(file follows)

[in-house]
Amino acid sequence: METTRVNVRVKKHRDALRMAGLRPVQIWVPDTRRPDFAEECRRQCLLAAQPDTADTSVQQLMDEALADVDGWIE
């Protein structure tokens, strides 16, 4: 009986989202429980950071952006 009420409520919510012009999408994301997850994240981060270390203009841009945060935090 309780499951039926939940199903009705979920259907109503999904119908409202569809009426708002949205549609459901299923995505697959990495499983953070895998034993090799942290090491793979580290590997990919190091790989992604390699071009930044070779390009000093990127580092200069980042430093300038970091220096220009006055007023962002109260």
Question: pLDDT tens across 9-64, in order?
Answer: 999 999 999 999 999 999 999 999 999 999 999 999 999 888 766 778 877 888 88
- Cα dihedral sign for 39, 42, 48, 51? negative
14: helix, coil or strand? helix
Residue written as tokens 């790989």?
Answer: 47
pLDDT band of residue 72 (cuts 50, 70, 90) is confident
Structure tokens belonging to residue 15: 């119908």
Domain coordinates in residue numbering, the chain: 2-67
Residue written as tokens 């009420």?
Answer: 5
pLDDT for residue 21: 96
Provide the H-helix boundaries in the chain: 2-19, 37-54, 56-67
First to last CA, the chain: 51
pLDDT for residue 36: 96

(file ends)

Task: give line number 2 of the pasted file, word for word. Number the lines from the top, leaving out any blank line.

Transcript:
Amino acid sequence: METTRVNVRVKKHRDALRMAGLRPVQIWVPDTRRPDFAEECRRQCLLAAQPDTADTSVQQLMDEALADVDGWIE